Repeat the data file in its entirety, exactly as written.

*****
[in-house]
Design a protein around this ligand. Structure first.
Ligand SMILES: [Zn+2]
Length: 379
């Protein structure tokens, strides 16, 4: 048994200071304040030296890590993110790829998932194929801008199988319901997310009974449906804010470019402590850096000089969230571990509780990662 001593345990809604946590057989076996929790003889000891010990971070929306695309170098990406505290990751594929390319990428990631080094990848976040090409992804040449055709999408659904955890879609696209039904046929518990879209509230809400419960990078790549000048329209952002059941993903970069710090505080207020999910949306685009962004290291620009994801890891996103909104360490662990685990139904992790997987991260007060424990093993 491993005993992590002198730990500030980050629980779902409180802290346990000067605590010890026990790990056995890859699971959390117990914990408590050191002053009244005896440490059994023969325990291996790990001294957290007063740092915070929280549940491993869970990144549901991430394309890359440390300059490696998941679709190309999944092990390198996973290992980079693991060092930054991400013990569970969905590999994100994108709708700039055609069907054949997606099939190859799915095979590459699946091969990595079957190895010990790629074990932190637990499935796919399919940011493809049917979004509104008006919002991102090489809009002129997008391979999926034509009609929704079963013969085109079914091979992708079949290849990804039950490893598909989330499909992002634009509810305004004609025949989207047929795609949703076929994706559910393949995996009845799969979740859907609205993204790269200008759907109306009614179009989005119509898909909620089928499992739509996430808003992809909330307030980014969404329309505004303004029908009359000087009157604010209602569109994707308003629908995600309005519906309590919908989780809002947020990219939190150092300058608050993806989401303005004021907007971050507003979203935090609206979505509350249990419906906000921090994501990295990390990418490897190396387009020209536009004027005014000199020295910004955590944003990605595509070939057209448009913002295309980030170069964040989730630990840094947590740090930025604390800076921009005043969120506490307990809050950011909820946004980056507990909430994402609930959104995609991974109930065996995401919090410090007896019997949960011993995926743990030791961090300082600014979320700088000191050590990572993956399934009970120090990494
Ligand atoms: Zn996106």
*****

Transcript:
[in-house]
Design a protein around this ligand. Structure first.
Ligand SMILES: [Zn+2]
Length: 379
């Protein structure tokens, strides 16, 4: 048994200071304040030296890590993110790829998932194929801008199988319901997310009974449906804010470019402590850096000089969230571990509780990662 001593345990809604946590057989076996929790003889000891010990971070929306695309170098990406505290990751594929390319990428990631080094990848976040090409992804040449055709999408659904955890879609696209039904046929518990879209509230809400419960990078790549000048329209952002059941993903970069710090505080207020999910949306685009962004290291620009994801890891996103909104360490662990685990139904992790997987991260007060424990093993 491993005993992590002198730990500030980050629980779902409180802290346990000067605590010890026990790990056995890859699971959390117990914990408590050191002053009244005896440490059994023969325990291996790990001294957290007063740092915070929280549940491993869970990144549901991430394309890359440390300059490696998941679709190309999944092990390198996973290992980079693991060092930054991400013990569970969905590999994100994108709708700039055609069907054949997606099939190859799915095979590459699946091969990595079957190895010990790629074990932190637990499935796919399919940011493809049917979004509104008006919002991102090489809009002129997008391979999926034509009609929704079963013969085109079914091979992708079949290849990804039950490893598909989330499909992002634009509810305004004609025949989207047929795609949703076929994706559910393949995996009845799969979740859907609205993204790269200008759907109306009614179009989005119509898909909620089928499992739509996430808003992809909330307030980014969404329309505004303004029908009359000087009157604010209602569109994707308003629908995600309005519906309590919908989780809002947020990219939190150092300058608050993806989401303005004021907007971050507003979203935090609206979505509350249990419906906000921090994501990295990390990418490897190396387009020209536009004027005014000199020295910004955590944003990605595509070939057209448009913002295309980030170069964040989730630990840094947590740090930025604390800076921009005043969120506490307990809050950011909820946004980056507990909430994402609930959104995609991974109930065996995401919090410090007896019997949960011993995926743990030791961090300082600014979320700088000191050590990572993956399934009970120090990494
Ligand atoms: Zn996106």